7 easy ways to create a clutter-free workshop

July 27, 2015

7 easy ways to create a clutter-free workshop

1. Create a string dispenser

  • Create a string dispenser by cutting off the bottom half of a two-litre (two-quart) plastic soft drink bottle.
  • Nail the inside of the top half upside down on a wall; place the string inside with the end dangling through the bottle neck.
  • Tie scissors to the dispenser with a length of string for handy cutting.

2. Round up rolls of tape

Round up rolls of tape by slipping them onto a toilet paper holder mounted on a wall or workbench.

3. Easily make holders for bolts, nails, screws

Holders for bolts, nails, screws, picture hooks and other small items can be made from small plastic containers.

  • Use transparent tape to attach a sample item to the outside of each container so you can find items at a glance.

4. Make nail holders

  • Make nail holders from four-litre (one-gallon) plastic bottles. Leave lids on and cut a section from the top of each one opposite the handle.
  • When the bottles are stored on their sides and filled with nails, the weight of the nails keeps them from rolling.
  • Off the shelves, the bottles can stand upright and their handles make them easy to carry to any household job site.

5. How to corral cords

  • Use clip-style clothespins to keep power cords up and out of the way in your workshop.
  • Screw or glue them to overhead joists or other out-of-the-action spots.
  • You can also create a hanger that lets a cord move by slitting a short length of old garden hose diagonally. Open the slit to tack the hanger in place and to insert or remove the cord.
  • Install a multi-outlet power strip under the front edge of your workbench to provide a handy place for plugging in power tools while keeping cords out of the way.
  • Use a UL-listed, GFI-protected power strip with a circuit breaker to prevent overloads, and make sure it's rated to handle the maximum amperage that you are likely to use on it.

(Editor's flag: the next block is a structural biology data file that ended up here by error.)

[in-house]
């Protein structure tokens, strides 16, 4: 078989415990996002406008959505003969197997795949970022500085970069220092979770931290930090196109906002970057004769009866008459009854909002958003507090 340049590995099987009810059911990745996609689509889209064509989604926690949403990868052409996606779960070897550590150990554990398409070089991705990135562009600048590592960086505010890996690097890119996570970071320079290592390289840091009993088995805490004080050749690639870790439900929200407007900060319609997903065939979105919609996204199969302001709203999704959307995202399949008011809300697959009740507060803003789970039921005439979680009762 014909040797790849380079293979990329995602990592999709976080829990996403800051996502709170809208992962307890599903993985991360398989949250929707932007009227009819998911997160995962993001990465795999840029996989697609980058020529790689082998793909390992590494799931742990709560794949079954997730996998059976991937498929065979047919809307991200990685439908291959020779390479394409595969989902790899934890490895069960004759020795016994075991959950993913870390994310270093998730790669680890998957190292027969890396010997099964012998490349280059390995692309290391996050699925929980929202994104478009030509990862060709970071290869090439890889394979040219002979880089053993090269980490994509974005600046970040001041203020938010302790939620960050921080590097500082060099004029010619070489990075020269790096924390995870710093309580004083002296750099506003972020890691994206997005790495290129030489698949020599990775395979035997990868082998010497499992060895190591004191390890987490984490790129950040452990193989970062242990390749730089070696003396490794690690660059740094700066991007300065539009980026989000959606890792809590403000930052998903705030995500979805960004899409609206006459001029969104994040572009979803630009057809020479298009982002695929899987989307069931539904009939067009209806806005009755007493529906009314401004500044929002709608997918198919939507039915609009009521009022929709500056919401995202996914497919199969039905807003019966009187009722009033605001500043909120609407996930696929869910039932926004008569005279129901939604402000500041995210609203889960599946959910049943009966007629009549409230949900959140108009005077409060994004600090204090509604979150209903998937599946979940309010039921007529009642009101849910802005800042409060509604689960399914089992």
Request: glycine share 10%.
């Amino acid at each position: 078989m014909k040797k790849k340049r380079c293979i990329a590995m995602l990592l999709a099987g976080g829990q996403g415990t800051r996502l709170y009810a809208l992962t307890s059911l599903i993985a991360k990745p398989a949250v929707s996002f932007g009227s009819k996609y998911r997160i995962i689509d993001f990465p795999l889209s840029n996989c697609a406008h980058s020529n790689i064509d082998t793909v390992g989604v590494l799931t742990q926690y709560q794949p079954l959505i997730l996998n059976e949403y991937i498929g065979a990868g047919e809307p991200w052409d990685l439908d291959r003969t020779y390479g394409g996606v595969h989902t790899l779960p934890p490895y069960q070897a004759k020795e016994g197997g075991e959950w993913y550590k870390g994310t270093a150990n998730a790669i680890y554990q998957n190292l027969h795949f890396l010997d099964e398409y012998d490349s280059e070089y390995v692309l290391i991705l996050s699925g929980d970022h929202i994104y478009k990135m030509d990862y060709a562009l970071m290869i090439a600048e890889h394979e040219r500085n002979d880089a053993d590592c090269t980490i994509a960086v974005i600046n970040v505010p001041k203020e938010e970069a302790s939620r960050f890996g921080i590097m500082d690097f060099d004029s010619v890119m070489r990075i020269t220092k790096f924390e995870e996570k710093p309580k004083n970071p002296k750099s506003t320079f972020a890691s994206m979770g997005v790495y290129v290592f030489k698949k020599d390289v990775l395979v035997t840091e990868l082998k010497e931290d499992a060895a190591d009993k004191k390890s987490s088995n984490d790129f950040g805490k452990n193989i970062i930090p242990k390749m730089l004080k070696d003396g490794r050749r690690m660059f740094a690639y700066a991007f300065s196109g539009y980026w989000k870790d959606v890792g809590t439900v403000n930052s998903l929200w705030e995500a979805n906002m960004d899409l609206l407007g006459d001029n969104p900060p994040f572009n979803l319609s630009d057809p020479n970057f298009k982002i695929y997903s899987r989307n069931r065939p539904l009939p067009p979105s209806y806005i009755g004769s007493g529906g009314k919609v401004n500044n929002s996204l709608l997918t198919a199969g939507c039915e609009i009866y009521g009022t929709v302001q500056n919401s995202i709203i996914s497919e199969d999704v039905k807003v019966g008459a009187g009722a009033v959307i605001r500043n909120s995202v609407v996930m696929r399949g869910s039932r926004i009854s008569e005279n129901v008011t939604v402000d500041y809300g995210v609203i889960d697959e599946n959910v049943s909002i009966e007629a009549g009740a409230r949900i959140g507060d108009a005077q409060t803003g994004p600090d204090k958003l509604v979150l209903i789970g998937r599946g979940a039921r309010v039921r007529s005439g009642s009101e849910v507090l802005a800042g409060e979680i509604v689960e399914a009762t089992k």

6. Use the wall for more space

Wall organizers, available in hardware and home stores, offer a variety of interchangeable hooks and snap-on pieces to hold garden hoses, clippers, shovels, rakes, hoes and other tools.

  • Wall-mounted mop and broom holders can help organize cleaning tools. They contain hooks and holes that fit broom handles, dust pans and whisk brooms.

7. Find space between-stud shelves

Narrow 8.5-centimetre-wide (3 1⁄2-inch-wide) shelves installed between open studs will hold 500 millilitre (pint-sized) cans of paint, jars of fasteners, garden sprays and other supplies.

  • Using a 1 x 4, first make 1.5 centimetre (3⁄4 inch) blocks to support the shelves. Attach the blocks to both sides of the stud with glue and 3.5 centimetre (1 1⁄2 inch) screws.
  • Cut the shelves to fit between the studs, then place them securely on the blocks.
  • To make wider shelves for the space between studs, use pre-manufactured angle-brackets (available in several sizes). For a 25-centimetre-deep (10-inch-deep) shelf, for example, you need 15-centimetre-long (six-inch-long) brackets.
  • Cut the shelves from 1.5 centimetre (3⁄4 inch) plywood. Using 3.5-centimetre-long (1 1⁄2-inch-long) screws, mount a bracket on every other stud for a moderate load, or on every stud for heavier loads.
  • Notch the shelves to fit around the studs, and attach them to the brackets with one centimetre (1⁄2 inch) drywall screws.

Keep these tips in mind and create an organized workshop you'll look forward to working in!

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